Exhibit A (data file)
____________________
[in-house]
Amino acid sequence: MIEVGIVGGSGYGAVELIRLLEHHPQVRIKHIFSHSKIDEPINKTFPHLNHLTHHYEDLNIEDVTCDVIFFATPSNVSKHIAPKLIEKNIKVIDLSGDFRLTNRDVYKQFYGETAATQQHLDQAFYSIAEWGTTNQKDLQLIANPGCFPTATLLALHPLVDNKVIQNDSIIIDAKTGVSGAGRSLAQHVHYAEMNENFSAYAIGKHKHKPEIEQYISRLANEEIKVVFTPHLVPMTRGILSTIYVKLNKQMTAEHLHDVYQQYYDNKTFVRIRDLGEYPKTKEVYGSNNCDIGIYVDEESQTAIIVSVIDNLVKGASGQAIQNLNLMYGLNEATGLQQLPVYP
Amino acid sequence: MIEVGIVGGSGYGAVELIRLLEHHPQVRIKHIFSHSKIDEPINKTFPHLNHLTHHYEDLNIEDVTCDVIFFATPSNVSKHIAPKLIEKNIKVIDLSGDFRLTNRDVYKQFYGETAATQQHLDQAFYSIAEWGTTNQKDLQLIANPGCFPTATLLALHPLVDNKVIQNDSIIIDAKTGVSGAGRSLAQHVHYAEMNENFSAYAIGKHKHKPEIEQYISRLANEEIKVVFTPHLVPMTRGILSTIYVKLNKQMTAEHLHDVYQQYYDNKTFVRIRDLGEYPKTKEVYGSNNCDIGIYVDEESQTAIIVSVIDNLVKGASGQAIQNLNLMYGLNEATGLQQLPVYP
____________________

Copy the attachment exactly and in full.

[in-house]
Amino acid sequence: MIEVGIVGGSGYGAVELIRLLEHHPQVRIKHIFSHSKIDEPINKTFPHLNHLTHHYEDLNIEDVTCDVIFFATPSNVSKHIAPKLIEKNIKVIDLSGDFRLTNRDVYKQFYGETAATQQHLDQAFYSIAEWGTTNQKDLQLIANPGCFPTATLLALHPLVDNKVIQNDSIIIDAKTGVSGAGRSLAQHVHYAEMNENFSAYAIGKHKHKPEIEQYISRLANEEIKVVFTPHLVPMTRGILSTIYVKLNKQMTAEHLHDVYQQYYDNKTFVRIRDLGEYPKTKEVYGSNNCDIGIYVDEESQTAIIVSVIDNLVKGASGQAIQNLNLMYGLNEATGLQQLPVYP
Amino acid sequence: MIEVGIVGGSGYGAVELIRLLEHHPQVRIKHIFSHSKIDEPINKTFPHLNHLTHHYEDLNIEDVTCDVIFFATPSNVSKHIAPKLIEKNIKVIDLSGDFRLTNRDVYKQFYGETAATQQHLDQAFYSIAEWGTTNQKDLQLIANPGCFPTATLLALHPLVDNKVIQNDSIIIDAKTGVSGAGRSLAQHVHYAEMNENFSAYAIGKHKHKPEIEQYISRLANEEIKVVFTPHLVPMTRGILSTIYVKLNKQMTAEHLHDVYQQYYDNKTFVRIRDLGEYPKTKEVYGSNNCDIGIYVDEESQTAIIVSVIDNLVKGASGQAIQNLNLMYGLNEATGLQQLPVYP